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In Michigan, Obama presses for higher minimum wage PDF  | Print |  E-mail
Written by NEDRA PICKLER, Associated Press   
Thursday, 03 April 2014 06:12

ANN ARBOR, Mich. (AP) — Pressing his economic case in an election year, President Barack Obama came to Michigan on Wednesday to praise the state's ongoing effort to raise the minimum wage — and to accuse Republicans who oppose that step in Michigan and in Congress of standing in the way of prosperity for millions of Americans.

An upbeat Obama struck a distinctly partisan tone at the University of Michigan, a day after his administration received an unexpected burst of good news when his health care law beat expectations for its first year of enrollment. Addressing a crowd of about 1,400 in a stadium crowd that included many students, Obama cracked jokes about his GOP foes as he touted his plan to raise federal wages to $10.10 per hour.

"You've got a choice. You can give America the shaft, or you can give it a raise," Obama said.

At Obama's side for his three-hour visit to this Midwest battleground state was Rep. Gary Peters, a Senate candidate embracing the chance to appear with the president before voters this year. Some other Democrats have shied away from Obama amid controversy over his health care plan, but Peters opted to appear with Obama as the president echoed his State of the Union affirmation that no American working full time should live in poverty.

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FDA OKs first hay fever allergy immunotherapy tablet PDF  | Print |  E-mail
Written by The Associated Press   
Wednesday, 02 April 2014 11:46

WASHINGTON (AP) — The U.S. Food and Drug Administration has approved the first tablet for gradually reducing hay fever allergy symptoms, an alternative to uncomfortable allergy-desensitizing shots.

Oralair, a tablet that dissolves quickly under the tongue, is approved for patients aged 10 through 65. It's to be taken daily starting four months before grass pollen season to reduce allergic reactions to five grass types.

In patient testing, it reduced symptoms and need for medications by up to 30 percent, compared with dummy pills. Common side effects include throat irritation, mouth swelling and the possibility of severe allergic reactions.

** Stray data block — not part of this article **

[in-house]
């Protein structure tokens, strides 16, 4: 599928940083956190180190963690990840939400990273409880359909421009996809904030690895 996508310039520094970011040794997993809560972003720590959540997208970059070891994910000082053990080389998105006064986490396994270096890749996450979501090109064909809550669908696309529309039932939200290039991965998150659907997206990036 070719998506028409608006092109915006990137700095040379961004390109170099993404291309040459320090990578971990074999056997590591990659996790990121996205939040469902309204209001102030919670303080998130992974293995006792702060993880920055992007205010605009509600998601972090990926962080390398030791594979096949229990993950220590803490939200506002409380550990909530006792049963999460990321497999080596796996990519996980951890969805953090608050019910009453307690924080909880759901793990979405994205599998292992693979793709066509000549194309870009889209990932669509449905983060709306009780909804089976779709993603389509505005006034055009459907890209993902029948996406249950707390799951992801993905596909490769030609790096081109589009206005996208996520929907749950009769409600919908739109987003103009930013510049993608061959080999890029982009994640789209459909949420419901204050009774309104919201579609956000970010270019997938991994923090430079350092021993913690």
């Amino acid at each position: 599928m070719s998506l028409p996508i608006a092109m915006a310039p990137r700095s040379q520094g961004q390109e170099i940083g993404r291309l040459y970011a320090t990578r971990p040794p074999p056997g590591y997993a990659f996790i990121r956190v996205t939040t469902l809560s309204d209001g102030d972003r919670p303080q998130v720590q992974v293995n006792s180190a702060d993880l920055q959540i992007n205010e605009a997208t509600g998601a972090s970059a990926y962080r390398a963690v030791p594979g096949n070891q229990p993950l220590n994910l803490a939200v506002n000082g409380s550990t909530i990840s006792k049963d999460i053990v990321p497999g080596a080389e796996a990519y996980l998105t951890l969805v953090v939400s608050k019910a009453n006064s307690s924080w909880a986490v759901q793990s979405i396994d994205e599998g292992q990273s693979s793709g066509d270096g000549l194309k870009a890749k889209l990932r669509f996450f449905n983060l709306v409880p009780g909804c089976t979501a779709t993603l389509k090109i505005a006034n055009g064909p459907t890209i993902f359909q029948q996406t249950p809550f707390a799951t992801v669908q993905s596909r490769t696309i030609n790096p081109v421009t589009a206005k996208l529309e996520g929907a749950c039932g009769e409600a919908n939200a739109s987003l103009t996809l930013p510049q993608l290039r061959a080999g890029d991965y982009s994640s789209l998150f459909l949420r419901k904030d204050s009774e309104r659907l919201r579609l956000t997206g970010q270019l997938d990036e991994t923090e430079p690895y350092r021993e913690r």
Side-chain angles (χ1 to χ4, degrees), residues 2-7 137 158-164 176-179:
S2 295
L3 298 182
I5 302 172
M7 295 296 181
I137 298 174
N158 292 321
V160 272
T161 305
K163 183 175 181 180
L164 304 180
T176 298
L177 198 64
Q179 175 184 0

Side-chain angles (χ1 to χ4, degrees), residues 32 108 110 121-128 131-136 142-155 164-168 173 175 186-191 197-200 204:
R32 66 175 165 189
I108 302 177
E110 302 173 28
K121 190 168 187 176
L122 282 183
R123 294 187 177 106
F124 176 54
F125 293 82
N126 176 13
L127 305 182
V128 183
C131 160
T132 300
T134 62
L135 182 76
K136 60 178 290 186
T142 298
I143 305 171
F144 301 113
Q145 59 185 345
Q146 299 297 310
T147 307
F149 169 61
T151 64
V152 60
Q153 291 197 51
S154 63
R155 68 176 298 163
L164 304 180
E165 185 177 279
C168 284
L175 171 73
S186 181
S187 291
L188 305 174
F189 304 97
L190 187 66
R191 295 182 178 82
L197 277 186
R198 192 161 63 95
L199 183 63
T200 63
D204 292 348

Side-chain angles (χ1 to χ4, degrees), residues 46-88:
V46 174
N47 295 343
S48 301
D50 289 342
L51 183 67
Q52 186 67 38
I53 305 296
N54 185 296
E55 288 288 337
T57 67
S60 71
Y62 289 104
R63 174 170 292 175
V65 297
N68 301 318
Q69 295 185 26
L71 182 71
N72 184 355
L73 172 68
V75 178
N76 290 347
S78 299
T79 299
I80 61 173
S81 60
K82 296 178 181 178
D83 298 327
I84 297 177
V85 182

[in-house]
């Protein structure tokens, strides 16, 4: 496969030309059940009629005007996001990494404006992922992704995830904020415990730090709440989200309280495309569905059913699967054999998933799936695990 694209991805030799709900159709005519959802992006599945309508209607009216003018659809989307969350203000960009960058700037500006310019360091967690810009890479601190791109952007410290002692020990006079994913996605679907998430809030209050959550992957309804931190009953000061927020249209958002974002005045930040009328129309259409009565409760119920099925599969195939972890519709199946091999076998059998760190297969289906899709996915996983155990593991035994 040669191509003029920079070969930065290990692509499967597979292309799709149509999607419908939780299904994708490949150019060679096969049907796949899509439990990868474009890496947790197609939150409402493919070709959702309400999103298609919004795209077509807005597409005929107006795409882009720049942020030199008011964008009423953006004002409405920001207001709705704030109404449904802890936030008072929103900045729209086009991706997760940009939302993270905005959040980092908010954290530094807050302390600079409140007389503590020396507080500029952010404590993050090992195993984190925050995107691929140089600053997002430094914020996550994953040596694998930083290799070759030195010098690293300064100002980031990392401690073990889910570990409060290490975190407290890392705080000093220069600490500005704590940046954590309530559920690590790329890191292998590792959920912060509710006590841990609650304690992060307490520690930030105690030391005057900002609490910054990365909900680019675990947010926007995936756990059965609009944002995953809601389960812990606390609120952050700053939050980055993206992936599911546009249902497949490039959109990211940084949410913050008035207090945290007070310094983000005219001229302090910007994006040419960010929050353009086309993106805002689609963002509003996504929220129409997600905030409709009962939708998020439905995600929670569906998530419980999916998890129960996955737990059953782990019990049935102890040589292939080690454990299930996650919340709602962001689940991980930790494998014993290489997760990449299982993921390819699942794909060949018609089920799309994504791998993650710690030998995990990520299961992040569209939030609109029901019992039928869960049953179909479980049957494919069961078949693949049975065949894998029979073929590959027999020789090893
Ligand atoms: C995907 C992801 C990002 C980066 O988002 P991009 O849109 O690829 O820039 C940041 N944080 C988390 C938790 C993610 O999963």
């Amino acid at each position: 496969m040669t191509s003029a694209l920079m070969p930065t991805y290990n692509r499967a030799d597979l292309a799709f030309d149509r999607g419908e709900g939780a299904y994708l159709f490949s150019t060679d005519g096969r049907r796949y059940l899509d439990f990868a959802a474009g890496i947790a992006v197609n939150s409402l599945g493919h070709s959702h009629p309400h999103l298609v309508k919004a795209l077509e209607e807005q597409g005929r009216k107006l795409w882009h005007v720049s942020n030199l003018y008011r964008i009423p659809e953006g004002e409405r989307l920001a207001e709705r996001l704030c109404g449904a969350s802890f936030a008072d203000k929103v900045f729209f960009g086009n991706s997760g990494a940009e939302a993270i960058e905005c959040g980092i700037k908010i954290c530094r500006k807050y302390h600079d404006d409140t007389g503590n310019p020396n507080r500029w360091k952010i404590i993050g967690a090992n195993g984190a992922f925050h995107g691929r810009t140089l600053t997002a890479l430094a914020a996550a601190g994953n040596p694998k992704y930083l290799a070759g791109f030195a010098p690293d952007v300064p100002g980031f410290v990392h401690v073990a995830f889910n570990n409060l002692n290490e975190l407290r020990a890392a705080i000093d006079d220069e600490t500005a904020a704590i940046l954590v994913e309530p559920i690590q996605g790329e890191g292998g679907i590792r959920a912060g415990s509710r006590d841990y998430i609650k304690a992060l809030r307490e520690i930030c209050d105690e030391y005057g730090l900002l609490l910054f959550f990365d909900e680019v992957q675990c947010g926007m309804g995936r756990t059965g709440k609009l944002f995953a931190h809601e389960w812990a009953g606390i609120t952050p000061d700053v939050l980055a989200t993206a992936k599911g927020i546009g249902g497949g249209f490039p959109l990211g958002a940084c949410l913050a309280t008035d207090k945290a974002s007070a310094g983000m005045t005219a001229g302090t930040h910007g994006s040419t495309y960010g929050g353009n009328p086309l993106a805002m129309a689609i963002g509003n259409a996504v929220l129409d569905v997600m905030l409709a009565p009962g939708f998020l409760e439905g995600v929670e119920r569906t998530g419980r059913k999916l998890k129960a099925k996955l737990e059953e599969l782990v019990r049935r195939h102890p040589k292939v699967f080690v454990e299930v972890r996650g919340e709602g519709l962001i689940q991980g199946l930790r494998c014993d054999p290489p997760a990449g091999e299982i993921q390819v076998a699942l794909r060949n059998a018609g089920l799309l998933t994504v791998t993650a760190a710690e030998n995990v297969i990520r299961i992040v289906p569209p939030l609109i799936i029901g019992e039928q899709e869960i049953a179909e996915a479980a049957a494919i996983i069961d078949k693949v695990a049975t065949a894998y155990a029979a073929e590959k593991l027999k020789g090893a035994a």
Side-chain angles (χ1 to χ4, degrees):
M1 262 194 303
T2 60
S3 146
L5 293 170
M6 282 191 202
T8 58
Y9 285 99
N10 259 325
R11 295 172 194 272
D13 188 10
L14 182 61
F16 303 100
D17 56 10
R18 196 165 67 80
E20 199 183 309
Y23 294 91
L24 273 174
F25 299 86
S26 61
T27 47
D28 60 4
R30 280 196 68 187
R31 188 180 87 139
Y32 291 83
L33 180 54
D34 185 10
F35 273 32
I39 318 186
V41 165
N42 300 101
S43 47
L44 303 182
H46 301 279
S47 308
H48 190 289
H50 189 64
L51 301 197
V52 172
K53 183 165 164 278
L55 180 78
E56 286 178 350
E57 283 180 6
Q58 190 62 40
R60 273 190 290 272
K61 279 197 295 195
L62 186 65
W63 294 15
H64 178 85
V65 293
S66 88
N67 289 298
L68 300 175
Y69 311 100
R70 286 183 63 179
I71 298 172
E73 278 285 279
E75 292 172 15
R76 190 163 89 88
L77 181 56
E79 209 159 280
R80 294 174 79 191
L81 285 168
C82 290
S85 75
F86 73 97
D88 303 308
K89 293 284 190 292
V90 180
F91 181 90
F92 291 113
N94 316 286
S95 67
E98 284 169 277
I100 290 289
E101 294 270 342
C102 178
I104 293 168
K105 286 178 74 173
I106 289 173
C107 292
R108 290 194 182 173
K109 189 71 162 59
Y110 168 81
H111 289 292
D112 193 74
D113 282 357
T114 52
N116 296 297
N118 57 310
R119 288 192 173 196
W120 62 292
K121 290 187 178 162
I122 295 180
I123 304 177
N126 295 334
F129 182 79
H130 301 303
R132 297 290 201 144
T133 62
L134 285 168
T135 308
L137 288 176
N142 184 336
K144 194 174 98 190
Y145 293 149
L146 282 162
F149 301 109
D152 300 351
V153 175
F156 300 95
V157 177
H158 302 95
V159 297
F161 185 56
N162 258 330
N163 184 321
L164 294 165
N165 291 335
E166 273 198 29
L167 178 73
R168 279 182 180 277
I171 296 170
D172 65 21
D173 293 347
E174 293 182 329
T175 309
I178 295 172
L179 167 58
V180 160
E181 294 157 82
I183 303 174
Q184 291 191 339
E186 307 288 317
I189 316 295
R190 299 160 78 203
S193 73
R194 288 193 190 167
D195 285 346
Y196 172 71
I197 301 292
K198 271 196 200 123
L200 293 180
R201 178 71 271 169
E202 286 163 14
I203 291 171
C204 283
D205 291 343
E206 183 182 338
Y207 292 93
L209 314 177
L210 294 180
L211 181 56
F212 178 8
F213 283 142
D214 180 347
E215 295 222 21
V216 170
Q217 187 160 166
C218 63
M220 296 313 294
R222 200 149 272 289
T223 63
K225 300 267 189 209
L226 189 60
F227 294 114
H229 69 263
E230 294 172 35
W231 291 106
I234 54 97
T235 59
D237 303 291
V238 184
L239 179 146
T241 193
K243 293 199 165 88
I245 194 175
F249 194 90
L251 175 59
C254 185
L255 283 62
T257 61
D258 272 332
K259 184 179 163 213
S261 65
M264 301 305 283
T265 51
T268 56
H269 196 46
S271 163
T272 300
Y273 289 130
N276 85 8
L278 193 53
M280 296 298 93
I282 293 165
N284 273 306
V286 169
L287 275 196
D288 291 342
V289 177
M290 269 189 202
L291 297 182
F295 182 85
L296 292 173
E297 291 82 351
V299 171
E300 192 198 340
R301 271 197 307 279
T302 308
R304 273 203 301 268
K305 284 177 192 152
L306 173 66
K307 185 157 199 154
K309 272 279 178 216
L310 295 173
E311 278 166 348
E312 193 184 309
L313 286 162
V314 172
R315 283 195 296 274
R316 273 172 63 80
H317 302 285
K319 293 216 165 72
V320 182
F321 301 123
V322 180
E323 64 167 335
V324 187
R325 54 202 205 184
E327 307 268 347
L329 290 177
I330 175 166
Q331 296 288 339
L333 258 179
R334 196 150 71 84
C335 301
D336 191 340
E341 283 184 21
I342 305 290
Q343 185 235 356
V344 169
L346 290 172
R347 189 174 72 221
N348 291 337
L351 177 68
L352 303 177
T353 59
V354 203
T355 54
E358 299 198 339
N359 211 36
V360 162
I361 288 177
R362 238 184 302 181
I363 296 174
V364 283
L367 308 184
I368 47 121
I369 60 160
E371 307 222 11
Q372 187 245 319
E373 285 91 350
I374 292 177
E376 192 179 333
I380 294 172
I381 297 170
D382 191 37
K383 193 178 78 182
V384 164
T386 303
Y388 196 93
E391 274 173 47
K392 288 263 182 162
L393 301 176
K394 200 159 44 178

Oralair is made by France's Stallergenes SA.

Meanwhile, drugmaker Merck & Co. of Whitehouse Station, N.J., expects an FDA ruling by midyear on two immunotherapy tablets, one for ragweed and one for grass pollen allergies.


Copyright 2014 The Associated Press. All rights reserved. This material may not be published, broadcast, rewritten or redistributed.

 
Yahoo adds more security to thwart surveillance PDF  | Print |  E-mail
Written by MICHAEL LIEDTKE, AP Technology Writer   
Thursday, 03 April 2014 06:05

SAN FRANCISCO (AP) — Yahoo has added more layers of security in its effort to shield people's online lives from government spying and other snooping.

The measures announced Wednesday include the completion of a system that encrypts all information being transmitted from one Yahoo data center to another. The technology is designed to make the emails and other digital information flowing through data centers indecipherable to outsiders.

Search requests made from Yahoo's home page are also now automatically encrypted, and the Sunnyvale, Calif., company is promising to make it more difficult for unauthorized intruders to hack into other services, including video chats, within the next few months. Yahoo strengthened the security of its email in January.

"Whether or not our users understand it, I feel it's our responsibility to keep them safe," Alex Stamos, Yahoo's recently hired chief information of security, told a small group of reporters.

Stamos, a former security consultant, joined Yahoo Inc. less than a month ago as part of the company's anti-snooping crusade.

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Amazon unveils Fire TV set top streaming device PDF  | Print |  E-mail
Written by The Associated Press   
Wednesday, 02 April 2014 11:44

NEW YORK (AP) — Amazon is introducing a set top box that allows streaming of online video content.

The company says the Amazon Fire TV device has better speed, performance and search functions than other streaming services such as Apple TV and Google Chromecast.

The device runs Google's Android operating system and will offer Netflix, Hulu and other streaming channels in addition to Amazon Prime instant video. It has voice search via its remote control to make searching easier.

The announcement comes as the online retailer faces increasing pressure to boost its bottom line after years of furious growth. As more Americans shop online, Amazon has spent heavily to expand its business into new areas — from movie streaming to e-readers and groceries — often at the expense of its profit.

Meanwhile, Amazon.com Inc. has invested heavily on making TV shows and movies available to customers who pay $99 a year for Amazon Prime. Amazon recently boosted the annual fee to $99 from $79 annually. Members benefit from two-day shipping of certain items and access to videos including original series like "Betas" and "Alpha House."

Currently, the service relies on third-party devices like the Roku box to stream its programs to TVs.


Copyright 2014 The Associated Press. All rights reserved. This material may not be published, broadcast, rewritten or redistributed.

 
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